This guideline describes the procedure which must be followed whenever a diagnosis of Mycobacterium Tuberculosis (M.TB) infection is suspected or confirmed, to optimally protect staff, patients and other visitors from risk of infection and assist in the care of the child with M.TB (not including Occupational Health policy).
Azathioprine is known as an immunosuppressant medicine. It is used at Great Ormond Street Hospital (GOSH) to treat certain types of chronic inflammatory conditions like systemic lupus erythematosus (SLE), vasculitis, eczema and Crohn’s disease.
This information from Great Ormond Street Hospital (GOSH) is for parents of children and young people undergoing assessment for possible lung or heart-lung transplantation. A transplant is a serious operation and is not without risk. A transplant can be the only effective treatment option for certain serious lung diseases; however, it is not a cure. In many situations transplantation can lead to an extension of life with improved quality.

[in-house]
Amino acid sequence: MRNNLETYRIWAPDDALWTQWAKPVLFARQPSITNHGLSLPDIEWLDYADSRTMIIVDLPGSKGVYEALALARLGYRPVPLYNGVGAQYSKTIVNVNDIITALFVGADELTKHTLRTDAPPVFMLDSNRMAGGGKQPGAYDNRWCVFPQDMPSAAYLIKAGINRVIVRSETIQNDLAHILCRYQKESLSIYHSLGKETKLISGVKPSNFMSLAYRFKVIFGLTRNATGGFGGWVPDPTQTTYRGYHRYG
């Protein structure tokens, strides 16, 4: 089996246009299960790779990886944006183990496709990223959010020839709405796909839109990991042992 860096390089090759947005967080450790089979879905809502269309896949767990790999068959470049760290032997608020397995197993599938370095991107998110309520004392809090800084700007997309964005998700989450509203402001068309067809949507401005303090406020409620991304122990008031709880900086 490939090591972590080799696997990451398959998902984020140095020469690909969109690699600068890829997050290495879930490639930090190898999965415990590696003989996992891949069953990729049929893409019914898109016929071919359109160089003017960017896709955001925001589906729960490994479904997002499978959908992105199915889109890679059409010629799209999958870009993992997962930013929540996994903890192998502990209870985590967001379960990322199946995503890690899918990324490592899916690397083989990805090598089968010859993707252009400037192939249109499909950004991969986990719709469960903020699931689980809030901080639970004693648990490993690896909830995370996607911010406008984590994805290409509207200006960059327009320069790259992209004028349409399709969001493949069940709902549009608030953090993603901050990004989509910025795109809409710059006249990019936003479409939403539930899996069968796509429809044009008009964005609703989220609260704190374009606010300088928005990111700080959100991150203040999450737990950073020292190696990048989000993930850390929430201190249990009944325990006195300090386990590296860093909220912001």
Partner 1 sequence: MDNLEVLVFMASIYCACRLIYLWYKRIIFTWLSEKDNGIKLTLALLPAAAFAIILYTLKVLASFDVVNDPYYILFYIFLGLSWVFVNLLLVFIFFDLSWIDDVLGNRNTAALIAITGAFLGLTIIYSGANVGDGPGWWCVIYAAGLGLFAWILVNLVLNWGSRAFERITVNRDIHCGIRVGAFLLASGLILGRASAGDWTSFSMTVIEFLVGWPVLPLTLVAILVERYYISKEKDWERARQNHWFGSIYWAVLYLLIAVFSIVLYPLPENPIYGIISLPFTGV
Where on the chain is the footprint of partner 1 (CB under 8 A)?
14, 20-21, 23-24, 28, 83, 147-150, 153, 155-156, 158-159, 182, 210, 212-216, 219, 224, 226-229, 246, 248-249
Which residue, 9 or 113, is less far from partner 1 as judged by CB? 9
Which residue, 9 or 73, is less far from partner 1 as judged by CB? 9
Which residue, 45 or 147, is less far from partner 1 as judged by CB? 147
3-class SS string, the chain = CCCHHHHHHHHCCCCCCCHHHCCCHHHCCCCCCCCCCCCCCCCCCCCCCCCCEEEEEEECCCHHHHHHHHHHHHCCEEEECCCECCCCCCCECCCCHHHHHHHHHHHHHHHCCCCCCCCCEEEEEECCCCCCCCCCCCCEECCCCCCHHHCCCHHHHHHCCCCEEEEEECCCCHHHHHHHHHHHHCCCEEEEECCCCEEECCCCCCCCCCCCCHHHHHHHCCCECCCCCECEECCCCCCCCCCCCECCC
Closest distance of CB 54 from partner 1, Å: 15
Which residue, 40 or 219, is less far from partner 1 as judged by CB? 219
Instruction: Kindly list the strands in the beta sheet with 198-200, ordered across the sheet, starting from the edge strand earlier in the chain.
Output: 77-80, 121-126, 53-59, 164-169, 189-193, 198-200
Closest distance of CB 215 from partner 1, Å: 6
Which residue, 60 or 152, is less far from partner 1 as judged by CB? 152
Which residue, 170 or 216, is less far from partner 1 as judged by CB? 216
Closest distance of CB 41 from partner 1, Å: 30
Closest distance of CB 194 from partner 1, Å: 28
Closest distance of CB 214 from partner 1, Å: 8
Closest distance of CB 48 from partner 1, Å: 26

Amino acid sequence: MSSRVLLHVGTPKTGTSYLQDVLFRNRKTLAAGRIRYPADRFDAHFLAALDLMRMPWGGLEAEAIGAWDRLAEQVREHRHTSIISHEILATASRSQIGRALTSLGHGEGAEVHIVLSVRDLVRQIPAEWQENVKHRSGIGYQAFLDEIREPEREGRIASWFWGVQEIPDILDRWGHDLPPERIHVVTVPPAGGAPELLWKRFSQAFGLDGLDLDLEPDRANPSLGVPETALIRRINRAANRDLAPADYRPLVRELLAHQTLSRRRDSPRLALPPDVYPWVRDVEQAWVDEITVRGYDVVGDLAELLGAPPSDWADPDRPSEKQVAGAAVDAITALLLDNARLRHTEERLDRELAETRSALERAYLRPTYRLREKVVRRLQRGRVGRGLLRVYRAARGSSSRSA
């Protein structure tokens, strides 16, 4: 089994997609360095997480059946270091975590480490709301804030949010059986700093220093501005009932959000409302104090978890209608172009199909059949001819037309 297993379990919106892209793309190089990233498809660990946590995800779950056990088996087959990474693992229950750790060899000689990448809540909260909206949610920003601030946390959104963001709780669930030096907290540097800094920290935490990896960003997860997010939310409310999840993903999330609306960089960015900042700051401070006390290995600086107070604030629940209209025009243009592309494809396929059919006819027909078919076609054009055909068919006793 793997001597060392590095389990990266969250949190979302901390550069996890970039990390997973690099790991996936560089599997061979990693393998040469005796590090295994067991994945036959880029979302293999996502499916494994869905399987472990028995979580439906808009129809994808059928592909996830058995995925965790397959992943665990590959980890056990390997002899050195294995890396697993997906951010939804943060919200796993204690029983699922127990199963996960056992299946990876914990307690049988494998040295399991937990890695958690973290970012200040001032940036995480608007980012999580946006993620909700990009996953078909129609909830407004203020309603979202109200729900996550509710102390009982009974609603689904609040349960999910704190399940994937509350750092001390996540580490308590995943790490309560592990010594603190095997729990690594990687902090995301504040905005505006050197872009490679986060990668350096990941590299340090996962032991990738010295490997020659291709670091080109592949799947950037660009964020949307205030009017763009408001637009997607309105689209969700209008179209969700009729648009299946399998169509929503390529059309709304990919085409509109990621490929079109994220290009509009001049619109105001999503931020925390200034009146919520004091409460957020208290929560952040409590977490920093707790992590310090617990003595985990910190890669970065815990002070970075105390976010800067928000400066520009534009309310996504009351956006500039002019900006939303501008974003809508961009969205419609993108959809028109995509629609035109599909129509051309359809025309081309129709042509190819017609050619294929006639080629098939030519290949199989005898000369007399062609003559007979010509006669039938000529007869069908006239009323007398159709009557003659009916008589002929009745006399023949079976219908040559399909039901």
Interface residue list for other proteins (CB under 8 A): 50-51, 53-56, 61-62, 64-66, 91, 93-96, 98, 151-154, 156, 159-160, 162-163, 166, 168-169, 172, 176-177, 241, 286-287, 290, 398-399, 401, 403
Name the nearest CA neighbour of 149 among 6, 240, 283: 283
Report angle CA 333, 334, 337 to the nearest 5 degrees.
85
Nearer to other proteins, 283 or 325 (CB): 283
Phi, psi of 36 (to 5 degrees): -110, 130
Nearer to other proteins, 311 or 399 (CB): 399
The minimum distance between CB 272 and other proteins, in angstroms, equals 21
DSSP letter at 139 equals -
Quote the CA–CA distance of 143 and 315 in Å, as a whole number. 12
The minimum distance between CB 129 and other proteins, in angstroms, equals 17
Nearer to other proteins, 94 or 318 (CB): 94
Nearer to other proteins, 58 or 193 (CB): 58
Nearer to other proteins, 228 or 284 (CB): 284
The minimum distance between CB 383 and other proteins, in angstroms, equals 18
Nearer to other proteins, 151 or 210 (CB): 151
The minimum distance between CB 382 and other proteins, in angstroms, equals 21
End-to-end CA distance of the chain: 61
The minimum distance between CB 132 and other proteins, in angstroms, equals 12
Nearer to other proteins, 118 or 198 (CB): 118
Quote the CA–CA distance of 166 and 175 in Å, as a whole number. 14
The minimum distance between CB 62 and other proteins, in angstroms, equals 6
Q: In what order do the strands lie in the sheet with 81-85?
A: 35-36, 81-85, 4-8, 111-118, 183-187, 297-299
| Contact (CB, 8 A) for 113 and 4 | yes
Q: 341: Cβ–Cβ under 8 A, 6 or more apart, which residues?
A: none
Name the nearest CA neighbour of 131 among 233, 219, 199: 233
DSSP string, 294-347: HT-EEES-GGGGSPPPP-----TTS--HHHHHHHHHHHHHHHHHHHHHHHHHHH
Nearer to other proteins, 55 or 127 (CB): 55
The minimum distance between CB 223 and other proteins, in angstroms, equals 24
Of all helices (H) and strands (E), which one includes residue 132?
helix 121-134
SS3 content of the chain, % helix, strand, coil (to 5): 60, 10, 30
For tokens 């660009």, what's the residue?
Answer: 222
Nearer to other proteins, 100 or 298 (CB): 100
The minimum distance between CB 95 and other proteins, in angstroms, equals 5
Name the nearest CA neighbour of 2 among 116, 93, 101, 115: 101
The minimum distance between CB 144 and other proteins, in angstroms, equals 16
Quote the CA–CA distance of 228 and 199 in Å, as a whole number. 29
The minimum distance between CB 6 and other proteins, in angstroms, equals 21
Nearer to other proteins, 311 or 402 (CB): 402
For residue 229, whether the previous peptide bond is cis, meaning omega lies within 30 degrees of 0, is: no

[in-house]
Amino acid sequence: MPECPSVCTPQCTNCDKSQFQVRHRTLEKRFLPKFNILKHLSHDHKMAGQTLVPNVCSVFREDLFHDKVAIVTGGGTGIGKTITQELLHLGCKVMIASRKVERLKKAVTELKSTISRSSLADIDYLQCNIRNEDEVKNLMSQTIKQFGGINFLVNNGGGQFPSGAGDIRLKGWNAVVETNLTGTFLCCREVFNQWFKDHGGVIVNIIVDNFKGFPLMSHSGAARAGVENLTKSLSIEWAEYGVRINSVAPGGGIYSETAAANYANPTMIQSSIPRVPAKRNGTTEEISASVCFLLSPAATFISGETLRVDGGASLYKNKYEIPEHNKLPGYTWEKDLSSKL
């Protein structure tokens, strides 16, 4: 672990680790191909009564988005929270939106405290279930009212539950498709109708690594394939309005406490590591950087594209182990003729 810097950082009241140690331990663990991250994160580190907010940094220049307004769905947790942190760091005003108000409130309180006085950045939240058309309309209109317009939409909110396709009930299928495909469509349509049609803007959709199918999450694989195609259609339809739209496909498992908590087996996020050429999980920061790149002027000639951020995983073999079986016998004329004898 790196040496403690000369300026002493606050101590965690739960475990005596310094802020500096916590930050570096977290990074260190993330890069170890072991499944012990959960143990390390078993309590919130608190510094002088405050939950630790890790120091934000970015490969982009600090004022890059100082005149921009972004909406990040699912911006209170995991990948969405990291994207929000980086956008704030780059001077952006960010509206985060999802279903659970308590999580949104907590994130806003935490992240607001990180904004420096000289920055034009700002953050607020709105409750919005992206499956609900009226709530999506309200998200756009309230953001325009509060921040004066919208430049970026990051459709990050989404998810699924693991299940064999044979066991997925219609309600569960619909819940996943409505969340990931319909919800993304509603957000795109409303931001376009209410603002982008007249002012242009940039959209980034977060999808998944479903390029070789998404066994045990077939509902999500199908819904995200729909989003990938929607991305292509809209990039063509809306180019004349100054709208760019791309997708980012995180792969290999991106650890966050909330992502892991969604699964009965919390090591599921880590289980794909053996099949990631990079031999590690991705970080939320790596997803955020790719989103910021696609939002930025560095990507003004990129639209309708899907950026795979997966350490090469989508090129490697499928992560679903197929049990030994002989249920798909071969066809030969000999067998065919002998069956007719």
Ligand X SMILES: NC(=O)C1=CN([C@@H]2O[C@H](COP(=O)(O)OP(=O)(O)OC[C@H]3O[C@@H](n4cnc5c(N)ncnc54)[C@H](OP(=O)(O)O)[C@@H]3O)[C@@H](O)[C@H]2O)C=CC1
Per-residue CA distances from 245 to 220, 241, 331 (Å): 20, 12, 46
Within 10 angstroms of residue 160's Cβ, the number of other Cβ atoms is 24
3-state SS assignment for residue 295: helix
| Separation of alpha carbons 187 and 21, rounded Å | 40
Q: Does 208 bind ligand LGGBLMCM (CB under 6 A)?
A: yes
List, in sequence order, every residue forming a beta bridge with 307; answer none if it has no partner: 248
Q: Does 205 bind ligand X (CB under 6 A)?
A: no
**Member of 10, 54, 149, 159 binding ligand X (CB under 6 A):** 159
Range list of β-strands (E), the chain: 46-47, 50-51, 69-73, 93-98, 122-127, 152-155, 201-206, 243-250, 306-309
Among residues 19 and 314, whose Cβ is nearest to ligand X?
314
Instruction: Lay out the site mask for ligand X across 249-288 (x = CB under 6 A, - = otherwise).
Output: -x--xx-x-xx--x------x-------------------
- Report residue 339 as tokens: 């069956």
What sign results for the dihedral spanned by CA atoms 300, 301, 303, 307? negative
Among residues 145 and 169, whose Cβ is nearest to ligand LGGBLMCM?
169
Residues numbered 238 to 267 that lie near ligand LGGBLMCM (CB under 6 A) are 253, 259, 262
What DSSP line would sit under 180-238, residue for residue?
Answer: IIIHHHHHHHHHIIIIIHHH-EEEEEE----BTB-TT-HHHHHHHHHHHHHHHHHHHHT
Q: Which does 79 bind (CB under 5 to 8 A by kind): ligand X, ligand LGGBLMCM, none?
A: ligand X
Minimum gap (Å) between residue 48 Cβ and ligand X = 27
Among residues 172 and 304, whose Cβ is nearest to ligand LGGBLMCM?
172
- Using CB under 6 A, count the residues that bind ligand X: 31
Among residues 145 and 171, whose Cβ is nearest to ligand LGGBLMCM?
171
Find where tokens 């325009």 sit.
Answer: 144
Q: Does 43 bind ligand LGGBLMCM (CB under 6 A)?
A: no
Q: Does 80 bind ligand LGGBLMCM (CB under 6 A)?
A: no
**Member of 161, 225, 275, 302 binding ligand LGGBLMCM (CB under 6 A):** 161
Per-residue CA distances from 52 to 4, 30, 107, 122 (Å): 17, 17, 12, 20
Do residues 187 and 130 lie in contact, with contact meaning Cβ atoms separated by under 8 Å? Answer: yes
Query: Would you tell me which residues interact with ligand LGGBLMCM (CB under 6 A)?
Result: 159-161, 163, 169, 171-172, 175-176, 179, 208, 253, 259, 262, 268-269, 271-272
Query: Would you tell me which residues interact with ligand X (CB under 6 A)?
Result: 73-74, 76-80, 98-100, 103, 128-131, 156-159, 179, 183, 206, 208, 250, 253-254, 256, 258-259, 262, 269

The purpose of this guideline is to provide guidance about mouth care at Great Ormond Street Hospital (GOSH).
NOTE: We review our guidelines regularly and this guideline is now past its review date. The content of the guideline below may not reflect the most recent evidence based practice. Please use with caution.
A splenectomy is an operation to remove the spleen. If you have a rare blood disease, such as hereditary spherocytosis, you may need to have your spleen removed. At Great Ormond Street Hospital (GOSH) we do splenectomies using keyhole surgery, which is a minimally invasive form of surgery.
The Berlin Heart device is used in children whose hearts are no longer strong enough to pump enough blood around their bodies. There are many different types of conditions which can cause this need for support such as a weak heart muscle (cardiomyopathy) or an infected heart muscle (myocarditis).